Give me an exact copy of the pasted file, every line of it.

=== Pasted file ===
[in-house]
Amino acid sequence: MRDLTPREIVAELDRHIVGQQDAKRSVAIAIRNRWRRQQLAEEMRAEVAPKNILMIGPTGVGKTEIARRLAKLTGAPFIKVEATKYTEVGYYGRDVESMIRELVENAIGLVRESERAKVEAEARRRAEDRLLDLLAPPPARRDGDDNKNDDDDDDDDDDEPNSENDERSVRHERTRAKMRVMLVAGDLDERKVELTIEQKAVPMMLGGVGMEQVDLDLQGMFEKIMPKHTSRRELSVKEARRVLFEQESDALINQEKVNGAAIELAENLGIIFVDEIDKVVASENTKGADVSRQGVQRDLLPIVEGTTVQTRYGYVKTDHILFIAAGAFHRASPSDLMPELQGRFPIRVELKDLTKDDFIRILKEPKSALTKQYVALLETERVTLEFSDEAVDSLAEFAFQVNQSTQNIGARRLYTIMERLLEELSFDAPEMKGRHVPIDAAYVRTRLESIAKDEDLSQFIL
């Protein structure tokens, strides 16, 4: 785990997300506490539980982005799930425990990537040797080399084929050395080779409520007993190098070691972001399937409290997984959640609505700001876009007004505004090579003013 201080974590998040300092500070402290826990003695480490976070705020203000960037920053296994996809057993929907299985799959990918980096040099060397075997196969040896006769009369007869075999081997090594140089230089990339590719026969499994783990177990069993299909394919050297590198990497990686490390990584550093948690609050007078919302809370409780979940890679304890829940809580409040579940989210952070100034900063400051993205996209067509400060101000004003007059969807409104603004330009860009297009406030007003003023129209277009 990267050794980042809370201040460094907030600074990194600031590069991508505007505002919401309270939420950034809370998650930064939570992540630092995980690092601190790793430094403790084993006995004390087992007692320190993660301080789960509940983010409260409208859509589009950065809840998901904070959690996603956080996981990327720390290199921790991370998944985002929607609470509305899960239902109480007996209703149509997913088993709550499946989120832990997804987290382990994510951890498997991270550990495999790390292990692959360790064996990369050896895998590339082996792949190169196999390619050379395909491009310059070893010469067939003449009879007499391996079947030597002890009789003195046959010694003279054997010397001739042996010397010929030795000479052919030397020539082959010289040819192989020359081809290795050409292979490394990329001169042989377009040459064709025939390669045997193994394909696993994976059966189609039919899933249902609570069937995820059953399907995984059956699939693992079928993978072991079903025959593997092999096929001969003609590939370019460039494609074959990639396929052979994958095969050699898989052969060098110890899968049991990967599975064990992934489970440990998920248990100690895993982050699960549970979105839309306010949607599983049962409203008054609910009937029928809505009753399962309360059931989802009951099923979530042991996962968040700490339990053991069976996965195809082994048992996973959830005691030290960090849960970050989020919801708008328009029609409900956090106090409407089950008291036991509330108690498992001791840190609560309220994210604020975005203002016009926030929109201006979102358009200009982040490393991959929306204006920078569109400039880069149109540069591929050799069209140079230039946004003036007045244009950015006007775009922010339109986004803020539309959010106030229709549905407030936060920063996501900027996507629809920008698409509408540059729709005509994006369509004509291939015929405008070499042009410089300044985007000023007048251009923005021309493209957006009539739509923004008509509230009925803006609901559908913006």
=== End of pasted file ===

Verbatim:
[in-house]
Amino acid sequence: MRDLTPREIVAELDRHIVGQQDAKRSVAIAIRNRWRRQQLAEEMRAEVAPKNILMIGPTGVGKTEIARRLAKLTGAPFIKVEATKYTEVGYYGRDVESMIRELVENAIGLVRESERAKVEAEARRRAEDRLLDLLAPPPARRDGDDNKNDDDDDDDDDDEPNSENDERSVRHERTRAKMRVMLVAGDLDERKVELTIEQKAVPMMLGGVGMEQVDLDLQGMFEKIMPKHTSRRELSVKEARRVLFEQESDALINQEKVNGAAIELAENLGIIFVDEIDKVVASENTKGADVSRQGVQRDLLPIVEGTTVQTRYGYVKTDHILFIAAGAFHRASPSDLMPELQGRFPIRVELKDLTKDDFIRILKEPKSALTKQYVALLETERVTLEFSDEAVDSLAEFAFQVNQSTQNIGARRLYTIMERLLEELSFDAPEMKGRHVPIDAAYVRTRLESIAKDEDLSQFIL
């Protein structure tokens, strides 16, 4: 785990997300506490539980982005799930425990990537040797080399084929050395080779409520007993190098070691972001399937409290997984959640609505700001876009007004505004090579003013 201080974590998040300092500070402290826990003695480490976070705020203000960037920053296994996809057993929907299985799959990918980096040099060397075997196969040896006769009369007869075999081997090594140089230089990339590719026969499994783990177990069993299909394919050297590198990497990686490390990584550093948690609050007078919302809370409780979940890679304890829940809580409040579940989210952070100034900063400051993205996209067509400060101000004003007059969807409104603004330009860009297009406030007003003023129209277009 990267050794980042809370201040460094907030600074990194600031590069991508505007505002919401309270939420950034809370998650930064939570992540630092995980690092601190790793430094403790084993006995004390087992007692320190993660301080789960509940983010409260409208859509589009950065809840998901904070959690996603956080996981990327720390290199921790991370998944985002929607609470509305899960239902109480007996209703149509997913088993709550499946989120832990997804987290382990994510951890498997991270550990495999790390292990692959360790064996990369050896895998590339082996792949190169196999390619050379395909491009310059070893010469067939003449009879007499391996079947030597002890009789003195046959010694003279054997010397001739042996010397010929030795000479052919030397020539082959010289040819192989020359081809290795050409292979490394990329001169042989377009040459064709025939390669045997193994394909696993994976059966189609039919899933249902609570069937995820059953399907995984059956699939693992079928993978072991079903025959593997092999096929001969003609590939370019460039494609074959990639396929052979994958095969050699898989052969060098110890899968049991990967599975064990992934489970440990998920248990100690895993982050699960549970979105839309306010949607599983049962409203008054609910009937029928809505009753399962309360059931989802009951099923979530042991996962968040700490339990053991069976996965195809082994048992996973959830005691030290960090849960970050989020919801708008328009029609409900956090106090409407089950008291036991509330108690498992001791840190609560309220994210604020975005203002016009926030929109201006979102358009200009982040490393991959929306204006920078569109400039880069149109540069591929050799069209140079230039946004003036007045244009950015006007775009922010339109986004803020539309959010106030229709549905407030936060920063996501900027996507629809920008698409509408540059729709005509994006369509004509291939015929405008070499042009410089300044985007000023007048251009923005021309493209957006009539739509923004008509509230009925803006609901559908913006």